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Darts and laurels: Taming the textbook tab

Dart to college costs. College students should be calling their parents with the tally on their textbooks about now, and first-timers could be in for a shock. The College Board says students spend an average of $1,000 a year on books and supplies ó not counting their computers.
Students have gotten savvy in recent years at working their way around paying full price for new books. They can comparison shop online, buy used books, get electronic versions of some books and even rent textbooks.
And they can look ahead to the fall of 2010, when a new federal law will require colleges to list the cost of required materials in online course schedules. Publishers will have to disclose book prices when they market books to professors. These are big steps forward. Many professors don’t know how much textbooks cost when they are choosing course materials. And even if they know the cost of one book, often professors require more than one book per class. Having to add up the cost and list it publicly might open a few professors’ eyes to what they’re asking students to buy. Students and their families will have a better idea of what they’re getting into when courses are selected. Saving a few hundred dollars on textbooks each semester could be a big help.
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Speaking of higher education, laurels and a big welcome to students flowing onto the campuses of area colleges ó Catawba, Livingstone, Pfeiffer and Rowan-Cabarrus Community College. RCCC expected about 6,000 students at its two campuses to start classes this week, and the three private colleges each anticipated about a thousand. That’s 9,000 people in a higher ed triangle that stretches from Misenheimer to Concord to Salisbury ó all aiming for bigger and better things and getting an education to achieve it. The colleges make up a vital sector of the local economy, from employing instructors and staff to raising local education and training levels. Even in a downturn ó especially in a downturn ó education gives people hope.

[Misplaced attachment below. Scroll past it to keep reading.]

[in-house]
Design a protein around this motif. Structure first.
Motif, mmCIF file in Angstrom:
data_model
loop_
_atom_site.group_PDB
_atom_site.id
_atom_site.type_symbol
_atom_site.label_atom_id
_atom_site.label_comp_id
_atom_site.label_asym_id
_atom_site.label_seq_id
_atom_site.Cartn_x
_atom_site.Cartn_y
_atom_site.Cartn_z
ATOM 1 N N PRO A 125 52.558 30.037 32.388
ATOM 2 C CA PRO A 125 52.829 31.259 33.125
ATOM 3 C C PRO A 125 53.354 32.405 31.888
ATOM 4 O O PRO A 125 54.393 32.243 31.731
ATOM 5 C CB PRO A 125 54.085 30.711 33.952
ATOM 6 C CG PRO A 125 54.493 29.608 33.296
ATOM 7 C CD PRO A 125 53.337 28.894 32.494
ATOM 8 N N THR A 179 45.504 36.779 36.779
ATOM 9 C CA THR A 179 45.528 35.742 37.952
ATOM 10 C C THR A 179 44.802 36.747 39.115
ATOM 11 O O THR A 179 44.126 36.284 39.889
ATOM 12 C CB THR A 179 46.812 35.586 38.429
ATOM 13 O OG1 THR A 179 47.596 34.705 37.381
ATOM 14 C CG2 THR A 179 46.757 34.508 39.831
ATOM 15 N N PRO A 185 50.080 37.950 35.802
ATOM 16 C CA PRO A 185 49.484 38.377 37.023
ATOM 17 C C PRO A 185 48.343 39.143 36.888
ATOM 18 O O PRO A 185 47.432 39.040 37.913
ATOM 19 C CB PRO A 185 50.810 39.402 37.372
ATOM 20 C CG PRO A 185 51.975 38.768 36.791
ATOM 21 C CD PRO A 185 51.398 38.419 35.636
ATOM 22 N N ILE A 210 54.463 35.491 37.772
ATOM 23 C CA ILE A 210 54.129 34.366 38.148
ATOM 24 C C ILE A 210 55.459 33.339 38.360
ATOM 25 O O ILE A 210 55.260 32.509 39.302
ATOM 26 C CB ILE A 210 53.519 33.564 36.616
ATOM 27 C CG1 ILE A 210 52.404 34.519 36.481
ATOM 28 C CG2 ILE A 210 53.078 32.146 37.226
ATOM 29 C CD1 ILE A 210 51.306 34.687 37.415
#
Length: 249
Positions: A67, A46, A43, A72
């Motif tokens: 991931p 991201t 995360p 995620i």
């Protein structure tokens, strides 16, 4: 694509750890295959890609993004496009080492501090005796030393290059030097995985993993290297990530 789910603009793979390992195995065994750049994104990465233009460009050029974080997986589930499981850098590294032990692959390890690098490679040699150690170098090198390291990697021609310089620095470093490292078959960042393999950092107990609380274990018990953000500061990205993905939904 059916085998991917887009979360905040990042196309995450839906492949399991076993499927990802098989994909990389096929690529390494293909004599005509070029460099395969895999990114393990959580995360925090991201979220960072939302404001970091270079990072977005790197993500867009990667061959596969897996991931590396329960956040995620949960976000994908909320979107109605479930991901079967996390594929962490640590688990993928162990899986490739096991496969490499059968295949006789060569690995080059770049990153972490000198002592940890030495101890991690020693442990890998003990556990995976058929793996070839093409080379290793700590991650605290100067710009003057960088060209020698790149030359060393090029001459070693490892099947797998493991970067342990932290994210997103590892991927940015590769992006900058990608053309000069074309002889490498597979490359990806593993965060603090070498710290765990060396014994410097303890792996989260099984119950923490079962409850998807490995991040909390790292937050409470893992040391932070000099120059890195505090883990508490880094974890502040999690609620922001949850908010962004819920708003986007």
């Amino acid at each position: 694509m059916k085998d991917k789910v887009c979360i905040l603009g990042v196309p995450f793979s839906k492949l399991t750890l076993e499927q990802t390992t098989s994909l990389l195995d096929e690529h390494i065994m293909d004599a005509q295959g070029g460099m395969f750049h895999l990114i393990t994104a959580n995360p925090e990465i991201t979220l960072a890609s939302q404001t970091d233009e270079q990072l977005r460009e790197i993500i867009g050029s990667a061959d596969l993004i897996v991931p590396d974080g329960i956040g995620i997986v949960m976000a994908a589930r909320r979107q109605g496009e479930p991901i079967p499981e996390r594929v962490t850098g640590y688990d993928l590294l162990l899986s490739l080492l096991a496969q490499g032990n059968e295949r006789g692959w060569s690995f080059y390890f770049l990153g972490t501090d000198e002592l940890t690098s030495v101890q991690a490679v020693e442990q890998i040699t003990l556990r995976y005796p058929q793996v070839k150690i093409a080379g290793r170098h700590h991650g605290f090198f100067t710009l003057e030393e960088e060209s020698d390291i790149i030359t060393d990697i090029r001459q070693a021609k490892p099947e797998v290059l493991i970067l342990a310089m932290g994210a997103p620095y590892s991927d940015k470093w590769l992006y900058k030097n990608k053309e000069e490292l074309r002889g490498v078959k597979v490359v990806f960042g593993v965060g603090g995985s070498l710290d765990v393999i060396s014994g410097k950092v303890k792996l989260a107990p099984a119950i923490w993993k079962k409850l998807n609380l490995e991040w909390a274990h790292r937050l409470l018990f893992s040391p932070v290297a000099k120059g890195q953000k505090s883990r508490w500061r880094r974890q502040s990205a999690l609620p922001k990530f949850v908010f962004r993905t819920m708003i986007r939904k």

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Dart to the temptations of higher office. The bad news keeps coming for former Gov. Mike Easley. The News & Observer of Raleigh recently reported Easley neglected to disclose his “free” membership to an exclusive golf club ó a perk that would have cost a mere mortal $50,000 over the eight years Easley was governor.
If a free golf club membership can be considered a “gift,” the Old Chatham Golf Club should have shown up in Easley’s ethics disclosure forms, some contend. Easley’s attorney says his client did nothing wrong; the ethics rules require reporting only of gifts from lobbyists or their principals or people doing business with the state, he says. For Easley’s sake, let’s hope he’s right. Clouds hanging over the former governor include the use of free flights, the use of cars, a bargain on a coastal lot and the creation of a job for his wife at N.C. State University. He’s in for stormy weather.

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